The world’s top 100 luxury goods companies generated revenues of 252 billion dollars in 2020, down from 281bn the previous year, but net profit margins of the top 81 companies was down only 5.1 percent. The data was released by Deloitte’s annual Global Powers of Luxury Goods 2021 report, which states the pandemic was the catalyst for change as luxury goods companies adopted new paradigms of value creation but generally remained resilient.
“As they seek new ways to connect with their customers, they are changing their approach and mindset by incorporating sustainability and digitalization into their long-term strategies, to align with consumers’ demands and new regulatory requirements,” said the report’s introduction.
The top ten generated 51.4 percent of the revenue of the top 100 luxury goods sales. These include LVMH, Kering, Estee Lauder, Richemont, L’Oreal, Chanel, EssilotLuxottica, PVH, Hermes and Chow Tai Fook Jewellery Group. The top 10 increased their share of total luxury goods sales of the top 100 companies by 0.2 percentage points, said the report, although all the Top 10 companies except PVH reported a decline in sales in FY2020, they remained profitable, together delivering more profit than the total for the Top 100 companies (as many of the smaller companies reported losses).
Breakthrough luxury, three takeaways:
Header 2Digitalization and sustainability goals in the luxury goods industry
The world of fashion and luxury goods is undergoing extensive change. What were previously choices of product design of just a few environmentally-conscious and courageous innovators, are now moving closer to the mainstream, involving almost all the companies in the industry. Increasingly, luxury goods companies are changing their approach and mindset, incorporating sustainability and digitalization into their long-term strategies, to align with consumers’ demands and new regulatory requirements.
Embracing the circular economy: Innovating with biomaterials in luxury goods products
Given the changes in the luxury industry over recent years, it’s clear that sustainable luxury—promoting environment and social responsibility—is here to stay. Increasing numbers of luxury products are labeled ‘sustainable’, and the industry is now accustomed to concepts like ethical fashion (production methods, working conditions, and fair trade); circular fashion (recycling, upcycling, and thrifting); slow fashion (sharing, renting); and conscious fashion (eco-friendly and green fashion).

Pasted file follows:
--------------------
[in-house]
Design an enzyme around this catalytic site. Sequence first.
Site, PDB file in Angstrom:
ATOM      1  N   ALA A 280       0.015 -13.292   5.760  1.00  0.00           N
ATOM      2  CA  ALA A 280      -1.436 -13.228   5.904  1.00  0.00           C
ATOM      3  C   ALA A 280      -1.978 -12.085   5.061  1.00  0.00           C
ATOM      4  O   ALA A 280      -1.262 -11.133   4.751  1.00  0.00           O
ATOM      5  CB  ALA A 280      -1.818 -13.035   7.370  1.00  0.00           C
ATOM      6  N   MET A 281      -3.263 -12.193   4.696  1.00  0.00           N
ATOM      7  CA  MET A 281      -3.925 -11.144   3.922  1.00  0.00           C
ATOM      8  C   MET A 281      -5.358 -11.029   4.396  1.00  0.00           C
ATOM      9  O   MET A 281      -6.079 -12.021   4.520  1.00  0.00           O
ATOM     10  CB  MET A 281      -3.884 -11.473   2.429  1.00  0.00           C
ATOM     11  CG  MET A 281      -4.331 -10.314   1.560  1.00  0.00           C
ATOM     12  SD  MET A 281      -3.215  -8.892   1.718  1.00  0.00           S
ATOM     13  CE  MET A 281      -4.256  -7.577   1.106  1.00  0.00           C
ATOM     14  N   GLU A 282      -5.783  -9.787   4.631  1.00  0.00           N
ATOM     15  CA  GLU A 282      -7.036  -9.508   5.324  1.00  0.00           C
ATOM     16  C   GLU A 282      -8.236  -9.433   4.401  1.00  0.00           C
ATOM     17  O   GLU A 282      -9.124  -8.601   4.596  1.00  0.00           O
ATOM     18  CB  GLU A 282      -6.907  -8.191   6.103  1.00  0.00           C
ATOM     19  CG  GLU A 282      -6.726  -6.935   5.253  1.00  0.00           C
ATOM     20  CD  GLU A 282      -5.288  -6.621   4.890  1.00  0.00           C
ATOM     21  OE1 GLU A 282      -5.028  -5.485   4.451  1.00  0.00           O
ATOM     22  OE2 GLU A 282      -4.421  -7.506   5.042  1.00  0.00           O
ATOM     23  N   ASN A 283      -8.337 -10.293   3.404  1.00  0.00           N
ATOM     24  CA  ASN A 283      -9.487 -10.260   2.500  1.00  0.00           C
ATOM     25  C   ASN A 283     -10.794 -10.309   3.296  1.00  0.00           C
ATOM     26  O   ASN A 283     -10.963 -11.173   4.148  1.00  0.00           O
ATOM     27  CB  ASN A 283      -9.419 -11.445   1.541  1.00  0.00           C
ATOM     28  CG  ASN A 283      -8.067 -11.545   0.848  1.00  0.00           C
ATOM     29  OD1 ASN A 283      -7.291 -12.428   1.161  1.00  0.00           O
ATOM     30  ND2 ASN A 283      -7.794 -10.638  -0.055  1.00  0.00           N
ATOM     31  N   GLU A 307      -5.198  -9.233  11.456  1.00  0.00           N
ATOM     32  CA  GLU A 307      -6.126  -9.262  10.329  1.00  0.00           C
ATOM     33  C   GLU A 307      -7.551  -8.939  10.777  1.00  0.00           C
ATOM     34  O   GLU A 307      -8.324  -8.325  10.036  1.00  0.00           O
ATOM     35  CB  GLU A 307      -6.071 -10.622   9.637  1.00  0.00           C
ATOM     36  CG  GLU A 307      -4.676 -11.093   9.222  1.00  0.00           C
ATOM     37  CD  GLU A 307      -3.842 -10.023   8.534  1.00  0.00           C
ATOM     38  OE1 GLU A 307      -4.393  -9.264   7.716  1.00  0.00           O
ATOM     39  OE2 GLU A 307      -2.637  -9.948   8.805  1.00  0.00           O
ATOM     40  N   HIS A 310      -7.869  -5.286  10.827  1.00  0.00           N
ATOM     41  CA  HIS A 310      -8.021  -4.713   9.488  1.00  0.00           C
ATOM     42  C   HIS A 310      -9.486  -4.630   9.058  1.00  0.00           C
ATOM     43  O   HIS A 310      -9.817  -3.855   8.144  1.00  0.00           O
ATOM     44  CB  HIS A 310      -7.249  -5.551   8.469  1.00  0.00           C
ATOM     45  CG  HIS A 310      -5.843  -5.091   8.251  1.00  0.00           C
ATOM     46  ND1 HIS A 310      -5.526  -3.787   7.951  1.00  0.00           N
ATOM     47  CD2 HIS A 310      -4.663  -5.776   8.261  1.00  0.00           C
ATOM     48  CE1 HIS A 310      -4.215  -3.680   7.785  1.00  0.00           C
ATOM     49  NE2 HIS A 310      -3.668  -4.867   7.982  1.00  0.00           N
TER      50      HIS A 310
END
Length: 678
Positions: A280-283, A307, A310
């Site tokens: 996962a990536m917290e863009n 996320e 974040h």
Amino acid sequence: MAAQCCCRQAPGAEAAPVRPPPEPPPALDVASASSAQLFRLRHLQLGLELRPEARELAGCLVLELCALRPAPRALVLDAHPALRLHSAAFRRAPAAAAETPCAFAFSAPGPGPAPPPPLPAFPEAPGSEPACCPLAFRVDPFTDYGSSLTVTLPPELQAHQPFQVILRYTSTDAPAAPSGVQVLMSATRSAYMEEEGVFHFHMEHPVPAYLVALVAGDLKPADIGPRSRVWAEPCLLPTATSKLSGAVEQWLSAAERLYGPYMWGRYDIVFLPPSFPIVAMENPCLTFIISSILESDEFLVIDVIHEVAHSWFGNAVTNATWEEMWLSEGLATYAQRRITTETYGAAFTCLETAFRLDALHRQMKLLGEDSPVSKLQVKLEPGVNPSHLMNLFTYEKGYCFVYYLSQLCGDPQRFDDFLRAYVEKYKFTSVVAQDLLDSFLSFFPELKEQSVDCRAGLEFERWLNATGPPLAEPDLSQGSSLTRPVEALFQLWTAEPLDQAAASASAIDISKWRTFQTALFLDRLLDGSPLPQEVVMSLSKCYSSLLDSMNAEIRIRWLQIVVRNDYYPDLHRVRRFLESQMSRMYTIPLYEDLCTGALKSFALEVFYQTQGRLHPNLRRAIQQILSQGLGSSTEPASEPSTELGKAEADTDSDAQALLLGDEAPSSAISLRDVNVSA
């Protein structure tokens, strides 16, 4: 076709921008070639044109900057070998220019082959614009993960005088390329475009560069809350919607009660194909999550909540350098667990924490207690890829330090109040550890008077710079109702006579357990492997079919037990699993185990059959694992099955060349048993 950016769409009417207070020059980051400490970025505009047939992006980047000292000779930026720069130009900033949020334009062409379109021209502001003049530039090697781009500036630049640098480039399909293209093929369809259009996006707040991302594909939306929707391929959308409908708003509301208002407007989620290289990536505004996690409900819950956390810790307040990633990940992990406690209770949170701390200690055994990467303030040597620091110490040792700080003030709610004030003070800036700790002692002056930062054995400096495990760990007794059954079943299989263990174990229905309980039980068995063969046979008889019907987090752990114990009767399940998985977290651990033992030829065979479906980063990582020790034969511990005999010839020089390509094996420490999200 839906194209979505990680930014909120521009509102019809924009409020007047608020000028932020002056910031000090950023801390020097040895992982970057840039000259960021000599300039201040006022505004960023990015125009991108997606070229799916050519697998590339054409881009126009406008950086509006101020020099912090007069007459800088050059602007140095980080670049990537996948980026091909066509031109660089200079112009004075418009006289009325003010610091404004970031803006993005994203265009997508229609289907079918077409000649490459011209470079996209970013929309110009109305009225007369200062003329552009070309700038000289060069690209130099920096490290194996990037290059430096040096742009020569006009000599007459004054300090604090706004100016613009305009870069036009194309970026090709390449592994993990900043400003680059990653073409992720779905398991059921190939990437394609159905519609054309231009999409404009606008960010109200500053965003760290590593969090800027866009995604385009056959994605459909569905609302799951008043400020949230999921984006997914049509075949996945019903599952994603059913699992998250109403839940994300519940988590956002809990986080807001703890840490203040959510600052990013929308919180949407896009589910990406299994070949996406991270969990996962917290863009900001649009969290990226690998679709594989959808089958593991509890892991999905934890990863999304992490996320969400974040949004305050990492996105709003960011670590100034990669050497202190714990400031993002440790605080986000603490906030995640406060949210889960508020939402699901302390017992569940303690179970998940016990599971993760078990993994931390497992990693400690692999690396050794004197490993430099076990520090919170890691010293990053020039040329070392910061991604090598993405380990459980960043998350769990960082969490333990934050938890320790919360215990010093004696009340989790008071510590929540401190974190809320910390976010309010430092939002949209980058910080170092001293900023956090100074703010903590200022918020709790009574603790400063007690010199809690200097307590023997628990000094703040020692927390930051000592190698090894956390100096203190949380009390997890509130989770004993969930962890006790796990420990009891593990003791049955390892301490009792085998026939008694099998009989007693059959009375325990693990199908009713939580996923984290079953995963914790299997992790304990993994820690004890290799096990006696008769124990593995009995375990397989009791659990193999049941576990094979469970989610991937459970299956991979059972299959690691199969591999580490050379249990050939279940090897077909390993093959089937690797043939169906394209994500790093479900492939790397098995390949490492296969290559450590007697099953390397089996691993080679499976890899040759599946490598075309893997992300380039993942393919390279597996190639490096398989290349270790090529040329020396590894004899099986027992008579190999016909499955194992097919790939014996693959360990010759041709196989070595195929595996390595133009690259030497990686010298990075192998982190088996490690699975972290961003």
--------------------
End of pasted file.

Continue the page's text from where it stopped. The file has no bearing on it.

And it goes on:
Luxury goods companies are setting environmental targets for the future, with offsetting carbon emissions as a priority. An imperative is to find new ways to be more sustainable, in design, production, distribution, and communication. Luxury goods companies are looking to make use of technology to develop environmentally-friendly new materials and with technological development, comes material innovation.
A new luxury frontier: NFTs and fashion gaming
The luxury industry usually takes a conservative approach against what might put its heritage at risk, but the pandemic changed everything and has pushed companies to make bold moves in the creation and development of their digital strategies. NFT represents multiple opportunities for luxury companies. Firstly, they are a tool to verify authenticity and ownership of an item: counterfeit products are an issue for the industry and blockchain helps tracing the origin of an item, its history and previous owners allowing a product’s ownership to be easily transferred and products traced and re-sold. This feature is also very helpful in the secondhand market, by allowing consumers to verify their purchases. Another important aspect of ‘virtual luxury’ is its viability and accessibility—even those who can’t afford a luxury bag or pair of shoes can possess and use a virtual branded item and display it on multiple occasions. Luxury skins could be compared to diffusion lines in the real-life world.
Gen Alpha: The consumers of the future are on their way
Gen Alphas are expected to become a generation of consumers with large spending power and the key to future success for luxury goods brands may lie in gaining their loyalty from an early age. As the consumers of the future who were born in a digital age, Gen Alpha will be exposed to luxury brands from a very young age through social media, through their peers, and through the habits of their millennial parents.
Academic research shows that children start recognizing brands, relating to them, and even expressing preferences from as early as the age of three. So, although we are still in unchartered territory, luxury brands must learn how to develop a relationship with this emerging customer base.Article source: Deloitte Global Powers of Luxury Goods 2021 report